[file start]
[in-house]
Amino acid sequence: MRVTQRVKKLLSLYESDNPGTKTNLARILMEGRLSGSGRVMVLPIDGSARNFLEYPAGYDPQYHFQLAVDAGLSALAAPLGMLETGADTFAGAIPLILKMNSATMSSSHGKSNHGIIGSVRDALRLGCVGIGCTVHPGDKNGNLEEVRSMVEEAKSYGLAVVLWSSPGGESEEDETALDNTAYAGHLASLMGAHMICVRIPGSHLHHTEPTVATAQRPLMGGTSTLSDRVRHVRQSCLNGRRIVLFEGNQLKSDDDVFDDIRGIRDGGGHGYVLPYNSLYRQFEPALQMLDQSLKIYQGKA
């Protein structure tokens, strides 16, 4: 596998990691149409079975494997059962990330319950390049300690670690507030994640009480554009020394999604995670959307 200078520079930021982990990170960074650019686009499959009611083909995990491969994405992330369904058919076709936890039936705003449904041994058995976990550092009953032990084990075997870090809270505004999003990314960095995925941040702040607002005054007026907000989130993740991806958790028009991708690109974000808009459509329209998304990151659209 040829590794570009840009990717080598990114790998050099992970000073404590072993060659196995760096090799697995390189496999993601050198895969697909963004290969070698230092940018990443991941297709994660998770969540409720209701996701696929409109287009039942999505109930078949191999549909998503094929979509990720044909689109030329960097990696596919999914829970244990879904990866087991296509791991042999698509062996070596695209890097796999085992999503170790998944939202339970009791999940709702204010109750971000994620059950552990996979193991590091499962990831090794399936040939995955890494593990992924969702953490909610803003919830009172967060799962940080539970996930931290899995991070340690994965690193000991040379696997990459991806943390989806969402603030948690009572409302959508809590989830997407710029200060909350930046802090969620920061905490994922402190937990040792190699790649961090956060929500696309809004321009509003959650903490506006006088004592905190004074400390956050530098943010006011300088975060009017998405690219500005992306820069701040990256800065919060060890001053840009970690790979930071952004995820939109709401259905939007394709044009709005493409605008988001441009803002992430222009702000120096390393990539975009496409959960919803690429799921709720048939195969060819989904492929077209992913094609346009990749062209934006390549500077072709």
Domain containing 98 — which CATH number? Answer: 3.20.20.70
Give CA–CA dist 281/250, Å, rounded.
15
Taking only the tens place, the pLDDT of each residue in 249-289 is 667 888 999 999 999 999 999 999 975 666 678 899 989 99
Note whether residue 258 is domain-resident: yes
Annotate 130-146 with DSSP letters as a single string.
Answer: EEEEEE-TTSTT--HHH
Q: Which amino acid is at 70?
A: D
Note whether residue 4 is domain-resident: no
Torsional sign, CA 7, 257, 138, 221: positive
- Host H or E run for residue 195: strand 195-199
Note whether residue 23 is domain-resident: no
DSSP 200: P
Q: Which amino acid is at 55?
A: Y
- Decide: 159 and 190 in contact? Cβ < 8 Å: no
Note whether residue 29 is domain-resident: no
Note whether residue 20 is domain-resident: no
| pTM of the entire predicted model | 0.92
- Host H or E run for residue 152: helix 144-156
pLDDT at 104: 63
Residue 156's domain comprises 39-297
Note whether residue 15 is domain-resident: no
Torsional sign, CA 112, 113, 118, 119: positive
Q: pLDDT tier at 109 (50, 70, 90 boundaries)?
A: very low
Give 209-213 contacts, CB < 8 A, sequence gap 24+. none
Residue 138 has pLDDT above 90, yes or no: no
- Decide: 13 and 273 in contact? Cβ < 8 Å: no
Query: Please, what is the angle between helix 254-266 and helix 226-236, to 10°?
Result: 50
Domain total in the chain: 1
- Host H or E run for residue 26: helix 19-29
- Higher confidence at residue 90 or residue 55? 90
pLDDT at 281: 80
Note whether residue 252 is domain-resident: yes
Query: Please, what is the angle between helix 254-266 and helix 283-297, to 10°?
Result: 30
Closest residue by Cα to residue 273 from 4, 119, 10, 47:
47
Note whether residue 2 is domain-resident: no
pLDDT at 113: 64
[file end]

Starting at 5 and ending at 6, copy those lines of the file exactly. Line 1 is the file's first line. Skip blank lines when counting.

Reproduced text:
Give CA–CA dist 281/250, Å, rounded.
15